Avoid getting scammed by fake "Chase - Access Restricted" emails

Also Known As: "Chase - Access Restricted" phishing email
Damage level: Medium

What kind of email is "Chase - Access Restricted"?

After examining the "Chase - Access Restricted" email, we determined that it is fake. It claims that unusual activity was detected on the recipient's online bank account. The goal is to deceive them into disclosing their account log-in credentials to a phishing site.

It must be emphasized that this spam email is in no way associated with the real JPMorgan Chase Bank, N.A.

Chase - Access Restricted email spam campaign

"Chase - Access Restricted" email scam overview

The spam email with the subject "Security Alert - Unusual Activity Detected June 20, 2024" (may vary) is presented as a notification from Chase Bank. The letter informs that the recipient's bank account has been marked as inactive and restricted. This was prompted by an unusual debit/credit card purchase. The user is instructed to reactivate their account by validating its information.

As mentioned in the introduction all the information provided in this email is false, and this mail is not associated with the actual Chase Bank.

At the time of research, the "Review" button in this letter redirected to a nonfunctional webpage. Keep in mind that this could be fixed in potential future releases of this spam campaign (i.e., emails will redirect to operational sites). It is most likely that "Chase - Access Restricted" was intended to promote a phishing website disguised as the Chase account sign-in page.

Phishing sites record the information provided to them. Exposing your log-in credentials allows cyber criminals to steal the corresponding account(s).

Finance-related accounts can be used to make fraudulent transactions or online purchases. What is more, they can contain personally identifiable information, which may be used for a variety of nefarious purposes.

In summary, by trusting an email like "Chase - Access Restricted" – users can experience severe privacy issues, financial losses, and even identity theft.

If you have disclosed your log-in credentials – immediately change the passwords of all possibly compromised accounts and inform their official support. Depending on the sensitivuty of the exposed information, it might also be necessary to contact the appropriate authorities.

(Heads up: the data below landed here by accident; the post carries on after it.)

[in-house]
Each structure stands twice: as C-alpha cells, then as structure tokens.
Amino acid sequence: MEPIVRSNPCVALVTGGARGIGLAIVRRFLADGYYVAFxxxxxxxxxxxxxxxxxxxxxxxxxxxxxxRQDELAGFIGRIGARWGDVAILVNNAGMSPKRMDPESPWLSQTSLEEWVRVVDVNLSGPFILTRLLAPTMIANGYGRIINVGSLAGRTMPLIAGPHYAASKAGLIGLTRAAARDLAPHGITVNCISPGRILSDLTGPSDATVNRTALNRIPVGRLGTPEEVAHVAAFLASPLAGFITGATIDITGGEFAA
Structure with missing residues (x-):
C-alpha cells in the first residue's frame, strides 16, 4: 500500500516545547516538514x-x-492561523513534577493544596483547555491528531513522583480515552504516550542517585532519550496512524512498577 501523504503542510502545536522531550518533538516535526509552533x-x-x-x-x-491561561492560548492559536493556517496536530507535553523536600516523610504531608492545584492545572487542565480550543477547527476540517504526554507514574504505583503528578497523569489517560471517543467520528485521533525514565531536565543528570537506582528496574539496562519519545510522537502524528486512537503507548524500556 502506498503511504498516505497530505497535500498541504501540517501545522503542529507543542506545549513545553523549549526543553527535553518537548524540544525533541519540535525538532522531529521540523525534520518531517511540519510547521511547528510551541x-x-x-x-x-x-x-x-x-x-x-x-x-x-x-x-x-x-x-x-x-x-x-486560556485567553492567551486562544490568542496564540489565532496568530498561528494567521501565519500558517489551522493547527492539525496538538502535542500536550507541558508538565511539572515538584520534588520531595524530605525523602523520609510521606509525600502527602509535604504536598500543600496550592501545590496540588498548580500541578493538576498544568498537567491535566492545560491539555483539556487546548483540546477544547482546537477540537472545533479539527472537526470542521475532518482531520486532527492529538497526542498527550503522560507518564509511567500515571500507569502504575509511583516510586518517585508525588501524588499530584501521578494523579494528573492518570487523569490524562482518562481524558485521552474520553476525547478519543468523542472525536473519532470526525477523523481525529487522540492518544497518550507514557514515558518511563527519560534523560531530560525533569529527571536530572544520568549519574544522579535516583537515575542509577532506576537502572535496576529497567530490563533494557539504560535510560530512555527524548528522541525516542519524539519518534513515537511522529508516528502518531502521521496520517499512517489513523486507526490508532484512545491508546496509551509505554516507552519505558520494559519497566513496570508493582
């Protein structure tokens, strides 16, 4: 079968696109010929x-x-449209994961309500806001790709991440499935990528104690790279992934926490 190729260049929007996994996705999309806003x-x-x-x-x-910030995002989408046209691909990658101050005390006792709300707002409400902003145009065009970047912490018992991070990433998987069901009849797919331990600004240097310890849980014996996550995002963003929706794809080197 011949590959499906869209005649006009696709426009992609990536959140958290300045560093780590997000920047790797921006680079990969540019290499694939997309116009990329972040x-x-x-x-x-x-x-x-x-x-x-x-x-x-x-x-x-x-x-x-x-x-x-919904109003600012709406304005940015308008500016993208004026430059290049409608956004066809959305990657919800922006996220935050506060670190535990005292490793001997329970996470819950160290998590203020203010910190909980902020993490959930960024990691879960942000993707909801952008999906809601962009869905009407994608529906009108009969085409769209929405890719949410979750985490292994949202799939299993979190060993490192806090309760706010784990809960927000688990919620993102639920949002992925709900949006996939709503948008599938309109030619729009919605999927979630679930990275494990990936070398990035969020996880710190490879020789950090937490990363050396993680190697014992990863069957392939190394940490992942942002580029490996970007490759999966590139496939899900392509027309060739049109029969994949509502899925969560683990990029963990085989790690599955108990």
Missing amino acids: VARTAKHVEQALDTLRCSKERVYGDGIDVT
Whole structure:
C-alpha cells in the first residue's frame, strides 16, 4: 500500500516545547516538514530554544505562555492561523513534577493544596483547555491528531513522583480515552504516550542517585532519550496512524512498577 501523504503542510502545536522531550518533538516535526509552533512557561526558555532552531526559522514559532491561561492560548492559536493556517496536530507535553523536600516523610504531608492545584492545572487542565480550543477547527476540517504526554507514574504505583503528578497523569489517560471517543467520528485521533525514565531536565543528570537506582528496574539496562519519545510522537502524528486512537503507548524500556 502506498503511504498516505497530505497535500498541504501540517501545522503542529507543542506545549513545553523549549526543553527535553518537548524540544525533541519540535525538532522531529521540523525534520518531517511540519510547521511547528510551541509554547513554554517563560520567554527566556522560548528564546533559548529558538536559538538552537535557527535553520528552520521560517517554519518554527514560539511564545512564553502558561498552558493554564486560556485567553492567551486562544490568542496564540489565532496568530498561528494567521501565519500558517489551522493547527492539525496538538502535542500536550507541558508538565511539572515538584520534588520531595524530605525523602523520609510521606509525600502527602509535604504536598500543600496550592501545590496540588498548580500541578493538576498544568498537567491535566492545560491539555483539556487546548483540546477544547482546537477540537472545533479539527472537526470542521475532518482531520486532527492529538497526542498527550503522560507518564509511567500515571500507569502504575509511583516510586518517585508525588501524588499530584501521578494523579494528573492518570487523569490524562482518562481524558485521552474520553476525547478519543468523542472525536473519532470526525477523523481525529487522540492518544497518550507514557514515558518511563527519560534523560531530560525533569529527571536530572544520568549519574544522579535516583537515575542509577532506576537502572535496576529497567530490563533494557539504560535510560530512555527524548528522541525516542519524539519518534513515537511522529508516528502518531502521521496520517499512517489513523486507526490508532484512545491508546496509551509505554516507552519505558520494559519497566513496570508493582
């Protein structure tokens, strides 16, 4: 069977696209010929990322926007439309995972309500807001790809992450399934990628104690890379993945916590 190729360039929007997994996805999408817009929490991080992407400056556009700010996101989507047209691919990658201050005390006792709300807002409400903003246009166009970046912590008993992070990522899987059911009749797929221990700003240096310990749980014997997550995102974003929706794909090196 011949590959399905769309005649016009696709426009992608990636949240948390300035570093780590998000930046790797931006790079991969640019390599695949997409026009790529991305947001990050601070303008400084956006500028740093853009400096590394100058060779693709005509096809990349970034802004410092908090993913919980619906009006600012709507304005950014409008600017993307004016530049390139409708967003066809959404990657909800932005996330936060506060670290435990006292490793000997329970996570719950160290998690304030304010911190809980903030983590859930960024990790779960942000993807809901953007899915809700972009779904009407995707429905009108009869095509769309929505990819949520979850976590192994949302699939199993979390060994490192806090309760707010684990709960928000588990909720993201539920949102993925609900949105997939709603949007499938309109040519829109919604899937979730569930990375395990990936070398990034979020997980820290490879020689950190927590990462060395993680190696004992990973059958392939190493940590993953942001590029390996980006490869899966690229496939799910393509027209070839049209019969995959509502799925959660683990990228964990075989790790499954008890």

Threat Summary:
Name "Chase - Access Restricted" phishing email
Threat Type Phishing, Scam, Social Engineering, Fraud
Fake Claim Recipient's bank account has been restricted due to unusual activity.
Disguise Chase Bank
Symptoms Unauthorized online purchases, changed online account passwords, identity theft, illegal access of the computer.
Distribution methods Deceptive emails, rogue online pop-up ads, search engine poisoning techniques, misspelled domains.
Damage Loss of sensitive private information, monetary loss, identity theft.
Malware Removal (Windows)

To eliminate possible malware infections, scan your computer with legitimate antivirus software. Our security researchers recommend using Combo Cleaner.
▼ Download Combo Cleaner
To use full-featured product, you have to purchase a license for Combo Cleaner. 7 days free trial available. Combo Cleaner is owned and operated by Rcs Lt, the parent company of PCRisk.com read more.

Phishing spam campaign examples

"SSL Port Server Errors", "Someone Added You As Their Recovery", "2026 FIFA World Cup Lottery", and "Webmail - Confirm Domain Ownership" are merely some of our newest articles on phishing spam emails.

These letters primarily seek the log-in credentials of various accounts (e.g., online banking, money transferring, digital wallets, e-commerce, emails, social media, etc.), personally identifiable details, and finance-related information. However, spam mail is used to promote a wide variety of scams and even to proliferate malware.

These emails are often shoddily put together and full of grammatical/spelling mistakes, but they can also be competently made and even believably disguised as messages from legitimate companies, service providers, organizations, institutions, authorities, and other entities.

How do spam campaigns infect computers?

Spam campaigns spread malware by distributing infectious files. They can be attached to or linked inside the emails/messages. Virulent files come in various formats, e.g., archives (RAR, ZIP, etc.), executables (.exe, .run, etc.), documents (Microsoft Office, Microsoft OneNote, PDF, etc.), JavaScript, and so on.

Once a malicious file is opened – the infection chain is initiated. However, some formats require additional interaction to trigger malware download/installation. For example, Microsoft Office files need users to enable macro commands (i.e., editing/content), while OneNote documents require them to click on embedded links or files.

How to avoid installation of malware?

Incoming emails, DMs/PMs, SMSes, and other messages must be approached with caution. We advise against opening attachments or links found in dubious/irrelevant mail, as they can be harmful or infectious.

However, malware is not proliferated exclusively via spam mail. Therefore, we recommend being vigilant while browsing since fraudulent and malicious online content usually appears legitimate and innocuous.